Rahm Emanuel takes over Chicago / May 16, 2011
EDITED EXCERPT .... an exciting time in the inbred world of Chicago Democratic politics.... Democratic don, Richard M. Daley ruled for 22 years, inheriting the mayoralty from his father, Mayor Richard J. Daley who held on for a generation. Now the ex-chief of staff of Chicagoan Barack Obama (once a state Senator, now president) was installed. US Treasury Secy Tim Geithner was there, and so was Chicagoan David Axelrod, an O team player.
BTW, Mayor Daley's former chief of staff, Valerie Jarrett, hired Obama's wife, Michelle, to work in Chicago City Hall. Jarret is now ensconced in Washington, as Obama's chief policy advisor.
In Chicago gangland vernacular, "chief policy advisor" means "wire-transfer artist".
Mayor Emanuel's innovative ways commenced early on---his organization was getting $50G's for the best seats at the inauguration (mmmm........that accounts for another couple million scammed from Treasury).
The mayoralty (and its--cough--"benefits") is a job Emanuel has coveted since he was a machine go-fer back in the 1980s.....before he became Bill Clinton's national campaign finance chairman and then a dual role as senior White House aide and Goldman Sachs lobbyist and then (gasp) becoming a multi-millionaire, thanks to a measly few months at a local investment firm...then a (gag) Congressman for four terms---then White House chief of staff for Obama that helped create the 2010 Republican House landslide.
EXHIBIT ONE---FR Posted on Friday, February 21, 2014 by massmike
Efforts to overhaul California's public pension system are getting a boost as taxpayers voice outrage-----fueled by the case of former Ventura County Sheriff Robert Brooks. He retired in 2011 with a salary of $227,000. Today, he is pensioned and collects $50,000 a year MORE than his salary, with guaranteed COLAs.
EVEN THAT WASN'T ENOUGH FOR THE GREEDSTER Now he's suing for $75,000 more, claiming its allowed under the law.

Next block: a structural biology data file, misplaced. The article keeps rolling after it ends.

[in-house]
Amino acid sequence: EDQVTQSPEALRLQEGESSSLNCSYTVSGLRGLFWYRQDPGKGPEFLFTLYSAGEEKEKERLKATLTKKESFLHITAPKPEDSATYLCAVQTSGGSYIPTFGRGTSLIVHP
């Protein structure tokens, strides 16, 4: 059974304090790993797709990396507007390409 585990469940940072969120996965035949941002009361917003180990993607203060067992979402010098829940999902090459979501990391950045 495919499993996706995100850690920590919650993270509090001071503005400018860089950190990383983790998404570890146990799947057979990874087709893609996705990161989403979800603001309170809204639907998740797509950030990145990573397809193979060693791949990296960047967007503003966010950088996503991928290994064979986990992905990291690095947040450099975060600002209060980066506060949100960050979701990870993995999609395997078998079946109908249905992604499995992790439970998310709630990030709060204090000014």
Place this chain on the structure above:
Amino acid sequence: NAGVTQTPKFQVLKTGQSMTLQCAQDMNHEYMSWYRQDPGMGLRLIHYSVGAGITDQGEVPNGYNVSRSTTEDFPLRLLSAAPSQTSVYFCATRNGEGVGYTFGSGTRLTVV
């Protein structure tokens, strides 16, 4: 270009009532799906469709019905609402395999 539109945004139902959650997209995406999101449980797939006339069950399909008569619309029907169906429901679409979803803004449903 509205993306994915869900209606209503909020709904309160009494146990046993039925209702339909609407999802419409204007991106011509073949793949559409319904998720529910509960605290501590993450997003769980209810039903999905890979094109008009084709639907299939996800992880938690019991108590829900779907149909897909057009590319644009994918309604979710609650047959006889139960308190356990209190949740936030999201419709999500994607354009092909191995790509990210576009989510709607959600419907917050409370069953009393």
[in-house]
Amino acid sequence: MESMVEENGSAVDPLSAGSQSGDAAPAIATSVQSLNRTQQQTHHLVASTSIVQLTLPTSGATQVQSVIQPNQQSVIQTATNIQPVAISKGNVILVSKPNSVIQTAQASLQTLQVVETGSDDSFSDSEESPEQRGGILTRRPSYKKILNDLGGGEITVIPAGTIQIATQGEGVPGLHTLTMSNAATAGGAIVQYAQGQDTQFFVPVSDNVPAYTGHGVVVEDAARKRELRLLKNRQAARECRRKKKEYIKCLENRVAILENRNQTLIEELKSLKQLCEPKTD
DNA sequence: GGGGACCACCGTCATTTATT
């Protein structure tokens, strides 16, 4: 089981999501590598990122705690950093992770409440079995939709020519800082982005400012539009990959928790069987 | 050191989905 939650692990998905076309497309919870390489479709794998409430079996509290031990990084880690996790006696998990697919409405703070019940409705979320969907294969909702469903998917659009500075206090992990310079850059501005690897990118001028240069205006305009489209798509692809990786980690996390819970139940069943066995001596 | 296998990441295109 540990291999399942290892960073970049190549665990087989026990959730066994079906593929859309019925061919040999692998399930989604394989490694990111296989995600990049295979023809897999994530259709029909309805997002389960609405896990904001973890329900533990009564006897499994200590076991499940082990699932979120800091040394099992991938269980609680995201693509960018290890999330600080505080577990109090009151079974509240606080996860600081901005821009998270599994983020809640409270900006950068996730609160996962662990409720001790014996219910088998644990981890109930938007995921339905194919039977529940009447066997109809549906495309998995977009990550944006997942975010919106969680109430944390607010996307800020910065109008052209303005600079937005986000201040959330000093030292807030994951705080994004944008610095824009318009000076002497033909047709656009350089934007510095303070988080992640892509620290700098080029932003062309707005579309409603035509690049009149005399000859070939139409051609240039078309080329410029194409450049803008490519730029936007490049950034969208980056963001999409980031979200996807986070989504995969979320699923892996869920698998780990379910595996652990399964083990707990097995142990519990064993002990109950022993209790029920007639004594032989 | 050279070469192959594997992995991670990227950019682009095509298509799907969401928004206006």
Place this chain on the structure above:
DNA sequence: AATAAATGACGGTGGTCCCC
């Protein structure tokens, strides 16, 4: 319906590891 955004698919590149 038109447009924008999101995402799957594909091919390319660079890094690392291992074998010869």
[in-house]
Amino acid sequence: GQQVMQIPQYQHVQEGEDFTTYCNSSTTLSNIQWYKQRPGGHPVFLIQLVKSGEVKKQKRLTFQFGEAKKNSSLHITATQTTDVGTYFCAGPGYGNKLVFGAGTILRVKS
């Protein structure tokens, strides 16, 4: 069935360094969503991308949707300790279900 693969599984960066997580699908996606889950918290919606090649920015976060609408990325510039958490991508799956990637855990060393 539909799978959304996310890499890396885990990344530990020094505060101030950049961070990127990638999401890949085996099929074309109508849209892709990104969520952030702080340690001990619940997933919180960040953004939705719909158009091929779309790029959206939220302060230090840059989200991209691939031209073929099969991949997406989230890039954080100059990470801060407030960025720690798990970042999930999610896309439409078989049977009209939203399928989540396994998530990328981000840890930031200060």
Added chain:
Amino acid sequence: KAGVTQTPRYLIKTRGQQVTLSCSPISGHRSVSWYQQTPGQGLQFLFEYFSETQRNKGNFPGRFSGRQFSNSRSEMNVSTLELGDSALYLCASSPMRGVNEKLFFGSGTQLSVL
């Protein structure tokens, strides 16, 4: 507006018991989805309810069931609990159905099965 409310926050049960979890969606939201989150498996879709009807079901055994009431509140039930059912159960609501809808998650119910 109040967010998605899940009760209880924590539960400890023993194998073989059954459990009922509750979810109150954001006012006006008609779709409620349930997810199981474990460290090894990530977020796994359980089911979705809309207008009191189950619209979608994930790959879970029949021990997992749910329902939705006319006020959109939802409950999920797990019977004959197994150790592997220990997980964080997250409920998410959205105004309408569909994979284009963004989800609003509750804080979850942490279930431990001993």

But voters may have the final say WRT an initiative in November, similar to a possible statewide measure, that would funnel all new employees into a 401k savings plan rather than a pension. It also gives current employees a choice -- either increase their contributions or cut future benefits (similar initiative passed in San Jose).
An LAT analysis found 84 percent of the roughly two-dozen Ventura County govt retirees with pensions in excess of $100,000 made more money in retirement than working. Excerpt foxnews.com ...
EXHIBIT TWO --- The number of retired New Jersey public officials who get more than $100,000 a year has increased by 75 percent in the past three years, according to a new report.
New Jersey Watchdog says 1,731 govt retirees collect $100,000 a year or more, which is 739 more than did in 2010. Watchdog used state treasury records which indicates there are 275,000 retired public workers.
The investigative group said Jersey City school Superintendent Charles Epps gets $195,000 in annual pensions as does retired Essex County College President A.Z. Yamba.
Retired police and fire officials are most likely to be to $100K Club members. The Police and Firemens Retirement System has 794 six-figure pensioners trailed by the Teachers Pension and Annuity Fund with 527, Judicial Retirement System with 283 and Public Employees Retirement System with 127.
Onetime deputy police chief Joseph Blaettler is the poster boy for NJ special retirement. When he retired at age 46 as Union City deputy police chief, he started pocketing nearly $135,000 a year in pension checks. Not including yearly COLAs. Blaettler said in 2012, If taxpayers want to get angry with someone they need to ask their local and state politicians how they allowed the system to get to the point it is at.